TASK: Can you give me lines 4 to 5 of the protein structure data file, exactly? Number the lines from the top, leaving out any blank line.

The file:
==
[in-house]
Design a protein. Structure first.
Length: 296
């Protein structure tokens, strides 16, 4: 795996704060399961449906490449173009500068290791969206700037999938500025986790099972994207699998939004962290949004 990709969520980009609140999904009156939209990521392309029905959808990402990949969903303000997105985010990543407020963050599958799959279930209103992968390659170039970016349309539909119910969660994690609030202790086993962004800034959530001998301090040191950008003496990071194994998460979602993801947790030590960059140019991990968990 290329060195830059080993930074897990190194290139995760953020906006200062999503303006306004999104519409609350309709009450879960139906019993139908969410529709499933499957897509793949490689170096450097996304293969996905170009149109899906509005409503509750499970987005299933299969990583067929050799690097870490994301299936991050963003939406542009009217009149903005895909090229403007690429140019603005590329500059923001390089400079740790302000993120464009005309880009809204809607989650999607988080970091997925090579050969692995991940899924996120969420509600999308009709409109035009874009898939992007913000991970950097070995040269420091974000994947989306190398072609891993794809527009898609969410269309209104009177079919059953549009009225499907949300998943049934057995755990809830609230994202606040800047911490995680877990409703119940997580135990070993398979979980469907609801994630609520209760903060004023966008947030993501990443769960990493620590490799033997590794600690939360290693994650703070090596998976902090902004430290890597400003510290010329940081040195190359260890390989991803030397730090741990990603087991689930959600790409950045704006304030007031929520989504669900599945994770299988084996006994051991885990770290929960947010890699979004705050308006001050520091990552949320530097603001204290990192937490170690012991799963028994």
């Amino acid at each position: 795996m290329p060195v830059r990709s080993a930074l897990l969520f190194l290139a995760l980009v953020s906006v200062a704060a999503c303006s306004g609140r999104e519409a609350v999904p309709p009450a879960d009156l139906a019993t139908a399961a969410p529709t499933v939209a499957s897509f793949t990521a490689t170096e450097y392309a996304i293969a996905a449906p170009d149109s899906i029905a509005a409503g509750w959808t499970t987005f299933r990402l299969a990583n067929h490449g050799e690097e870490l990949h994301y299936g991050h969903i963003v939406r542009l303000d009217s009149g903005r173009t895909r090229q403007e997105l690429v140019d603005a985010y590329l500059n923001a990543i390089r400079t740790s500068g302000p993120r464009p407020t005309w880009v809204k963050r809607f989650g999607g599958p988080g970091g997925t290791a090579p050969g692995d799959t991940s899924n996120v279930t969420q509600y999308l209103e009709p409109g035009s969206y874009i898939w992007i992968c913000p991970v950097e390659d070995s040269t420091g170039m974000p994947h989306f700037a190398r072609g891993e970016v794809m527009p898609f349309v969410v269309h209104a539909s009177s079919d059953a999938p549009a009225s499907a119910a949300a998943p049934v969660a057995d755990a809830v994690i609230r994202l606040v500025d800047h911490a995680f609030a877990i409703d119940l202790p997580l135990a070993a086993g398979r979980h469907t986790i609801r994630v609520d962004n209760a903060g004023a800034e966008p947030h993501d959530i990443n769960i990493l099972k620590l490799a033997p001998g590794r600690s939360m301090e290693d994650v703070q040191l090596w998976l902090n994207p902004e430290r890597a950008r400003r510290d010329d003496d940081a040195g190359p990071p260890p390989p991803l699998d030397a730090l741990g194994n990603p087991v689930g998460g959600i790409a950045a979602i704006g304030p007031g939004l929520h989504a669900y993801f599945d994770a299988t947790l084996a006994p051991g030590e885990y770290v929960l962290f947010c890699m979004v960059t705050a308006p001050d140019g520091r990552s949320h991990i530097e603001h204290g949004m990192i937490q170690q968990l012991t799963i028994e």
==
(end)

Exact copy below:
């Protein structure tokens, strides 16, 4: 795996704060399961449906490449173009500068290791969206700037999938500025986790099972994207699998939004962290949004 990709969520980009609140999904009156939209990521392309029905959808990402990949969903303000997105985010990543407020963050599958799959279930209103992968390659170039970016349309539909119910969660994690609030202790086993962004800034959530001998301090040191950008003496990071194994998460979602993801947790030590960059140019991990968990 290329060195830059080993930074897990190194290139995760953020906006200062999503303006306004999104519409609350309709009450879960139906019993139908969410529709499933499957897509793949490689170096450097996304293969996905170009149109899906509005409503509750499970987005299933299969990583067929050799690097870490994301299936991050963003939406542009009217009149903005895909090229403007690429140019603005590329500059923001390089400079740790302000993120464009005309880009809204809607989650999607988080970091997925090579050969692995991940899924996120969420509600999308009709409109035009874009898939992007913000991970950097070995040269420091974000994947989306190398072609891993794809527009898609969410269309209104009177079919059953549009009225499907949300998943049934057995755990809830609230994202606040800047911490995680877990409703119940997580135990070993398979979980469907609801994630609520209760903060004023966008947030993501990443769960990493620590490799033997590794600690939360290693994650703070090596998976902090902004430290890597400003510290010329940081040195190359260890390989991803030397730090741990990603087991689930959600790409950045704006304030007031929520989504669900599945994770299988084996006994051991885990770290929960947010890699979004705050308006001050520091990552949320530097603001204290990192937490170690012991799963028994």
């Amino acid at each position: 795996m290329p060195v830059r990709s080993a930074l897990l969520f190194l290139a995760l980009v953020s906006v200062a704060a999503c303006s306004g609140r999104e519409a609350v999904p309709p009450a879960d009156l139906a019993t139908a399961a969410p529709t499933v939209a499957s897509f793949t990521a490689t170096e450097y392309a996304i293969a996905a449906p170009d149109s899906i029905a509005a409503g509750w959808t499970t987005f299933r990402l299969a990583n067929h490449g050799e690097e870490l990949h994301y299936g991050h969903i963003v939406r542009l303000d009217s009149g903005r173009t895909r090229q403007e997105l690429v140019d603005a985010y590329l500059n923001a990543i390089r400079t740790s500068g302000p993120r464009p407020t005309w880009v809204k963050r809607f989650g999607g599958p988080g970091g997925t290791a090579p050969g692995d799959t991940s899924n996120v279930t969420q509600y999308l209103e009709p409109g035009s969206y874009i898939w992007i992968c913000p991970v950097e390659d070995s040269t420091g170039m974000p994947h989306f700037a190398r072609g891993e970016v794809m527009p898609f349309v969410v269309h209104a539909s009177s079919d059953a999938p549009a009225s499907a119910a949300a998943p049934v969660a057995d755990a809830v994690i609230r994202l606040v500025d800047h911490a995680f609030a877990i409703d119940l202790p997580l135990a070993a086993g398979r979980h469907t986790i609801r994630v609520d962004n209760a903060g004023a800034e966008p947030h993501d959530i990443n769960i990493l099972k620590l490799a033997p001998g590794r600690s939360m301090e290693d994650v703070q040191l090596w998976l902090n994207p902004e430290r890597a950008r400003r510290d010329d003496d940081a040195g190359p990071p260890p390989p991803l699998d030397a730090l741990g194994n990603p087991v689930g998460g959600i790409a950045a979602i704006g304030p007031g939004l929520h989504a669900y993801f599945d994770a299988t947790l084996a006994p051991g030590e885990y770290v929960l962290f947010c890699m979004v960059t705050a308006p001050d140019g520091r990552s949320h991990i530097e603001h204290g949004m990192i937490q170690q968990l012991t799963i028994e």